by Angelika Pathak
The killing of senior lawyer, Rashid Rehman, on May 7, 2014 in his office in Multan has once again brought into focus at home and abroad how little the Pakistani state values those who risk their lives for the promotion and protection of fundamental rights for all. Rehman was killed despite having earlier expressed serious concern for his safety after threats were issued by named and identified persons and despite seeking protection from the state. His call for security was ignored.
Despite ratification of important international treaties for the protection of human rights some four years ago, none of Pakistan’s criminal laws have been reviewed with a view to bringing them to conformity with the international obligations which Pakistan then entered. Worse, committed and courageous persons, men and women in Pakistan who have stood up for the rights of others have been abused, harassed, threatened, and in some instances killed on account of such legitimate activities. The impunity with which such abuses are carried out has made the defence of human rights a dangerous undertaking in Pakistan.
International protection of human rights defenders
Standing up for the rights of others have since December 9, 1998, been under the special protection of the international community. On that date, on the occasion of the 50th anniversary of the Universal Declaration of Human Rights, the UN General Assembly adopted the UN Declaration on Human Rights Defenders, the first UN instrument that explicitly recognizes the importance and legitimacy of the work of human rights defenders and lays down their right to effective protection. In fact, it recognizes defending human rights as a right in itself and obliges States to protect human rights defenders against violations and abuses they suffer because of the nature of the activities they carry out.
Human rights defenders are persons or groups of persons who uncover human rights violations, bring them to public knowledge and campaign for redress for victims through peaceful and non-violent means. The rights they defend must be universal in nature, i.e. they must apply to all human beings without distinction of any kind, including race, ethnicity, religion, or gender; they may include civil and political rights, such as the right to be free from torture or the right to a fair trial; and economic and social rights, such as the right to clean water or education, and cultural rights, such as the right to use one’s own language.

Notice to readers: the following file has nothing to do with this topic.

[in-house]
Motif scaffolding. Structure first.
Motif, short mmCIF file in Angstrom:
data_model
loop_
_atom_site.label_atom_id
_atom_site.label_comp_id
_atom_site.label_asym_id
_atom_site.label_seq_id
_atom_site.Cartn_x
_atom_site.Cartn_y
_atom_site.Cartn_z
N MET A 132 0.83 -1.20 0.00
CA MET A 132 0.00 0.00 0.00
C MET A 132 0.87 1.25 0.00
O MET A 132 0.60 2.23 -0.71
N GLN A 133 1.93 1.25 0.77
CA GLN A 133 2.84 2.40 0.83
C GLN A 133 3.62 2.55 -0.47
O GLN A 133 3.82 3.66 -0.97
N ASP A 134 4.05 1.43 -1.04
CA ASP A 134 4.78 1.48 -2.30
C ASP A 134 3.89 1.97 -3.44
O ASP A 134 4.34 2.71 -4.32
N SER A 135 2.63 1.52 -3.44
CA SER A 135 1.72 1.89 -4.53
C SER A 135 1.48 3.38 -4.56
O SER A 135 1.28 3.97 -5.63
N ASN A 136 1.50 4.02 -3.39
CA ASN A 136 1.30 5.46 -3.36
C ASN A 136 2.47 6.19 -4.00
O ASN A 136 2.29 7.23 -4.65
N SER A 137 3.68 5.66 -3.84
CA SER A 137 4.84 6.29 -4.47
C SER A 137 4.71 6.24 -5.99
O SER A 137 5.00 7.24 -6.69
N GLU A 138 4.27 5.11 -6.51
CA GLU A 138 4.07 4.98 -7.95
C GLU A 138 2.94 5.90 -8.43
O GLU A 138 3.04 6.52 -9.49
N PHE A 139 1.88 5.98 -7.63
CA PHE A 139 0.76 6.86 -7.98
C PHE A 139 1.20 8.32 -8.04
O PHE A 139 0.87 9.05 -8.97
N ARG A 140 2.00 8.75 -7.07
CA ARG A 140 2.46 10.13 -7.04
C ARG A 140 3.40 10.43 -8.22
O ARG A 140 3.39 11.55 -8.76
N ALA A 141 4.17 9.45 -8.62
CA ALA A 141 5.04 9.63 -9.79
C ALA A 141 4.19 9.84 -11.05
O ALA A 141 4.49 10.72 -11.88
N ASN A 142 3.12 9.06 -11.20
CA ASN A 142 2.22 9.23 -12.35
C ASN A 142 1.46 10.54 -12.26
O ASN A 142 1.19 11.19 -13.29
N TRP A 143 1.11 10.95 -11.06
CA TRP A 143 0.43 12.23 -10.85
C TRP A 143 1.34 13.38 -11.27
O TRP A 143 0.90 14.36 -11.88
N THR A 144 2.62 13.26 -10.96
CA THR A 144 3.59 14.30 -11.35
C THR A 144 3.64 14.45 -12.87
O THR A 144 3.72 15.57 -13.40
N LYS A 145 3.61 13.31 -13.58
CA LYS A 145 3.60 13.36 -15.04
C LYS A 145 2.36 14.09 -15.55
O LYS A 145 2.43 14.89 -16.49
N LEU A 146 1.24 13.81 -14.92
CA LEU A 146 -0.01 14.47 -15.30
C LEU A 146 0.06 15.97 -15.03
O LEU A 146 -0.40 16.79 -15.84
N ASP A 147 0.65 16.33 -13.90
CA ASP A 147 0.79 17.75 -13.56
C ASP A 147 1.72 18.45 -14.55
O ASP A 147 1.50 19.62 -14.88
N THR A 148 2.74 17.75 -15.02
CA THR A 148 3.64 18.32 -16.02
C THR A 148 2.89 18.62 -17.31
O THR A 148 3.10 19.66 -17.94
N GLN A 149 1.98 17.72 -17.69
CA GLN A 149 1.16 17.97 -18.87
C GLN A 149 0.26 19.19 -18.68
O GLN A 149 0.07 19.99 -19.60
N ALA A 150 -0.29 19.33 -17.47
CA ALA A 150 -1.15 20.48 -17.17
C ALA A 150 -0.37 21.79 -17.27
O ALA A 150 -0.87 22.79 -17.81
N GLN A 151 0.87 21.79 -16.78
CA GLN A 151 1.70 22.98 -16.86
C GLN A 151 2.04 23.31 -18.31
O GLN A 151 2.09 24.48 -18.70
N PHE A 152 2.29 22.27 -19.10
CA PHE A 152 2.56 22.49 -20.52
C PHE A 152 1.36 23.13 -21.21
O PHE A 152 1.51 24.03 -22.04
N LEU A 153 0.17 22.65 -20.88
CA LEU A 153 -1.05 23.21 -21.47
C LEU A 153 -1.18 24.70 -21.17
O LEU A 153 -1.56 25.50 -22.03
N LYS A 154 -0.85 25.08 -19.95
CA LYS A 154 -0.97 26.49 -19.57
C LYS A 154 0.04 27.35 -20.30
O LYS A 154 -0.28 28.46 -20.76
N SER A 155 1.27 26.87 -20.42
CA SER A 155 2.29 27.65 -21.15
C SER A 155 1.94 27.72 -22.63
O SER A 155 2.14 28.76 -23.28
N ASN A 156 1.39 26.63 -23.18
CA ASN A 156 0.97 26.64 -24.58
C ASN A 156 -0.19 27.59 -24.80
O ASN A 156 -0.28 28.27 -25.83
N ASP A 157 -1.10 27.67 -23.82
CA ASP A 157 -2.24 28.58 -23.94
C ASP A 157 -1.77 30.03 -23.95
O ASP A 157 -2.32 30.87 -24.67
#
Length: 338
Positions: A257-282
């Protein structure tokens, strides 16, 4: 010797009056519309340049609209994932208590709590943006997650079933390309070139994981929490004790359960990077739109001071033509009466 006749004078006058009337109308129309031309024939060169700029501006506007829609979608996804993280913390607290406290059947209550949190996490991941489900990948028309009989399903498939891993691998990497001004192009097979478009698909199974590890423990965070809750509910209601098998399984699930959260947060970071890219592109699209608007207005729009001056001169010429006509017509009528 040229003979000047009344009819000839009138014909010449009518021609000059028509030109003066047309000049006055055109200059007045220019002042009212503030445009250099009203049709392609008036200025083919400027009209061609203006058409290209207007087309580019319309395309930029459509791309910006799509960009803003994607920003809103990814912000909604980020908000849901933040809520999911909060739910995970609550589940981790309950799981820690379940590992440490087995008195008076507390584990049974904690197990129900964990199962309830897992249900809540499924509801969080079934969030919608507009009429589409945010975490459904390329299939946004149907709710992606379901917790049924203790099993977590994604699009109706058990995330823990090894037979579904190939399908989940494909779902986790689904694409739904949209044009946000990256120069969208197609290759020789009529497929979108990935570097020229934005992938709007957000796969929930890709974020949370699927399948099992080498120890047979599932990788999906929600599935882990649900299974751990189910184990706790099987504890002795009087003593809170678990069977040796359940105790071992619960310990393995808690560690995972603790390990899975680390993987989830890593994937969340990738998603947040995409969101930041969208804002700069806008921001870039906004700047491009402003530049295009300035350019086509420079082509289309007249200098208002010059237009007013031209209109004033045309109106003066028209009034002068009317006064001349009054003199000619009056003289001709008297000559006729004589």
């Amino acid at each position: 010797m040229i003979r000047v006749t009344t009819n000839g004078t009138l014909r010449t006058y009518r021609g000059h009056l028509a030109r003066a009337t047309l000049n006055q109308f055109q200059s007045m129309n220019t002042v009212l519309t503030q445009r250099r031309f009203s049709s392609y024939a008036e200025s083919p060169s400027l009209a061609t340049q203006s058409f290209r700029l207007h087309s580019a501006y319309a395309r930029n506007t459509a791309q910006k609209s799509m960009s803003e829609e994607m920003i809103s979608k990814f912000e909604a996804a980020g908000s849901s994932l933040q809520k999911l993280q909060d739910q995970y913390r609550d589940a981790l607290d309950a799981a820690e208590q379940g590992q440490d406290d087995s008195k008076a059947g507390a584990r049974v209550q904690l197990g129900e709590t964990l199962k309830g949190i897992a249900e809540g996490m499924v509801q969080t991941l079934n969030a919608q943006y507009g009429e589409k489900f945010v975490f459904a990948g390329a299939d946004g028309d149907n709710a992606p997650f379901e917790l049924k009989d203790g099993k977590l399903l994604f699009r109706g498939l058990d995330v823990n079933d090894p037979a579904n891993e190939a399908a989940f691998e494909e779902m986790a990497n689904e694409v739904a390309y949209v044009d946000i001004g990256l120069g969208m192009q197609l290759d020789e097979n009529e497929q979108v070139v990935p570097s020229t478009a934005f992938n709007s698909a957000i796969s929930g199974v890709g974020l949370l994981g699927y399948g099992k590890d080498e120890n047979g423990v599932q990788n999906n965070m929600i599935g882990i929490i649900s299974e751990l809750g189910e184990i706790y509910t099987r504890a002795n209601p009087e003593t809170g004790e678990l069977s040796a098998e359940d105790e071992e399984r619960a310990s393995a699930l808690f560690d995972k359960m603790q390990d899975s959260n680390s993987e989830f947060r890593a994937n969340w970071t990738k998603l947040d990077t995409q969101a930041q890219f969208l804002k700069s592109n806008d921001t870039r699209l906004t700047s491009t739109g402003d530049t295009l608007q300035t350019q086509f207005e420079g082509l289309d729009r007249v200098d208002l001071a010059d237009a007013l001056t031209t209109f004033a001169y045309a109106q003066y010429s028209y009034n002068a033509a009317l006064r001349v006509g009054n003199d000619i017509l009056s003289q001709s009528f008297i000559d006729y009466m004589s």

The Declaration on Human Rights Defenders is not a legally binding instrument but it possesses authority nonetheless: It asserts many of the rights that are already protected in other legally binding instruments including the International Covenant on Civil and Political Rights (ICCPR) and the Convention Against Torture (CAT), both ratified by Pakistan in June 2010. It specifically articulates these rights with reference to human rights defenders. It also has considerable authority as it was adopted by the members of the UN General Assembly, reflecting universal commitment to the protection of human rights defenders. Undermining the role and worth of human rights defenders is a serious matter: As Kofi Anan, former UN Secretary General put it, “The Declaration rests on a basic premise: that when the rights of human rights defenders are violated, all our rights are put in jeopardy and all of us are at risk”.
Everyone has the moral responsibility to protect human rights but the onus of protection of human rights falls primarily on the state. In addition, the state has the obligation to protect human rights defenders. The Declaration states unambiguously that states have the duty to protect human rights defenders against any violence, retaliation and intimidation as a consequence of their human rights work. Article 12(2) 2 of the Declaration states, “The State shall take all necessary measures to ensure the protection by the competent authorities of everyone, individually and in association with others, against any violence, threats, retaliation, de facto or de jure adverse discrimination, pressure or any other arbitrary action as a consequence of his or her legitimate exercise of the rights referred to in the present Declaration, namely the monitoring and publicizing of human rights violations and seeking redress.”